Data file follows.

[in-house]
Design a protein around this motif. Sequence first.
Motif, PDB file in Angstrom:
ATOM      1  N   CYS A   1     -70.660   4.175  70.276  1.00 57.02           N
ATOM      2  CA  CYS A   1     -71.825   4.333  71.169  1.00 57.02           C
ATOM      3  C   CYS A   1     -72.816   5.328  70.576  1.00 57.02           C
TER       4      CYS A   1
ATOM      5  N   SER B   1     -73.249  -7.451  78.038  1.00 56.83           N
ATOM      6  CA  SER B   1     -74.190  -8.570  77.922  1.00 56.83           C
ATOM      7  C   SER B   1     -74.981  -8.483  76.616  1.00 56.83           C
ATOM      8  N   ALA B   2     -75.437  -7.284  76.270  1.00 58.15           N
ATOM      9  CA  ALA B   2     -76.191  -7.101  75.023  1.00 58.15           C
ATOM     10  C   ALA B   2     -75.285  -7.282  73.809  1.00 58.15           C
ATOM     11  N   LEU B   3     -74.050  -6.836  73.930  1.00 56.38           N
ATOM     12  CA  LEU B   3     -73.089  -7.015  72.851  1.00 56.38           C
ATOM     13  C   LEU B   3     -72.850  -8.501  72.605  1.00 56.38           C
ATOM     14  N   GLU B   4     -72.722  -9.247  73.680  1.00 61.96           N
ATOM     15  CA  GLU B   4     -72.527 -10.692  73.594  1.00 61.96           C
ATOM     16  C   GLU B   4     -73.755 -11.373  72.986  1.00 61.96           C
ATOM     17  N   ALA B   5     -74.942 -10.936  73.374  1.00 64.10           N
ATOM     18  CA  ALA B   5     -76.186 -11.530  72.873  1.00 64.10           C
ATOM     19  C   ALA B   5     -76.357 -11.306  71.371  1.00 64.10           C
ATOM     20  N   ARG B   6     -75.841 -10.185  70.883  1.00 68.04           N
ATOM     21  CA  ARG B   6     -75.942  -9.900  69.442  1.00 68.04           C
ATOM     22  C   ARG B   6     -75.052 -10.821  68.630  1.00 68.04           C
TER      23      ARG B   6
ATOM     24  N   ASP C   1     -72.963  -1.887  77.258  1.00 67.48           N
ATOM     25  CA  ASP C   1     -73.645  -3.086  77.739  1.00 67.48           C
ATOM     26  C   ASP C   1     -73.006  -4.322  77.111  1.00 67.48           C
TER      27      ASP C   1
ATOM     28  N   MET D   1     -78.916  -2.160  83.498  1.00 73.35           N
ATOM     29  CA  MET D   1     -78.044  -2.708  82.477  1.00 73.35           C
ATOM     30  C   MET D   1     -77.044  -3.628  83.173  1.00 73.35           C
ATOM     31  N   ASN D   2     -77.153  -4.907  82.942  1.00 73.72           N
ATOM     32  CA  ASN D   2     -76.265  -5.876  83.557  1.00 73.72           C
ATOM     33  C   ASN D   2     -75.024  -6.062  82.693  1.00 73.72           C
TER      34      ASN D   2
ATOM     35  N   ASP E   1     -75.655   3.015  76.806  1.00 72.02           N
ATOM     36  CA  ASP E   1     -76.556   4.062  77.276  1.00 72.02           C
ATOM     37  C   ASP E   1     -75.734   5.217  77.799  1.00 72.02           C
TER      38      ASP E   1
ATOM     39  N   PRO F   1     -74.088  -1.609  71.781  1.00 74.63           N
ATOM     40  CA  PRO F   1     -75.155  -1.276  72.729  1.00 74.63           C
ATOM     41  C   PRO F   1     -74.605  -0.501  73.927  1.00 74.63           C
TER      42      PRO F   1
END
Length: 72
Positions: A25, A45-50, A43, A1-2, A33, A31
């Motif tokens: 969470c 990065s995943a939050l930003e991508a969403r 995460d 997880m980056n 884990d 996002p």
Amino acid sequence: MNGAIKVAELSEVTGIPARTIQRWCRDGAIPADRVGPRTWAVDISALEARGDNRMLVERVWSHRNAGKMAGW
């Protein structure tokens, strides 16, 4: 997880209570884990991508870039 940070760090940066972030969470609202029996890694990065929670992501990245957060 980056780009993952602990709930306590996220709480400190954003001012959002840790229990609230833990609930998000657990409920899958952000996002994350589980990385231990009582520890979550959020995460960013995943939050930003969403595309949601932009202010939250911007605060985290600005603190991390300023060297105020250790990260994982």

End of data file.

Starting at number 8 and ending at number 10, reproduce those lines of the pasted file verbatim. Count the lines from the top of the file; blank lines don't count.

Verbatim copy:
ATOM      5  N   SER B   1     -73.249  -7.451  78.038  1.00 56.83           N
ATOM      6  CA  SER B   1     -74.190  -8.570  77.922  1.00 56.83           C
ATOM      7  C   SER B   1     -74.981  -8.483  76.616  1.00 56.83           C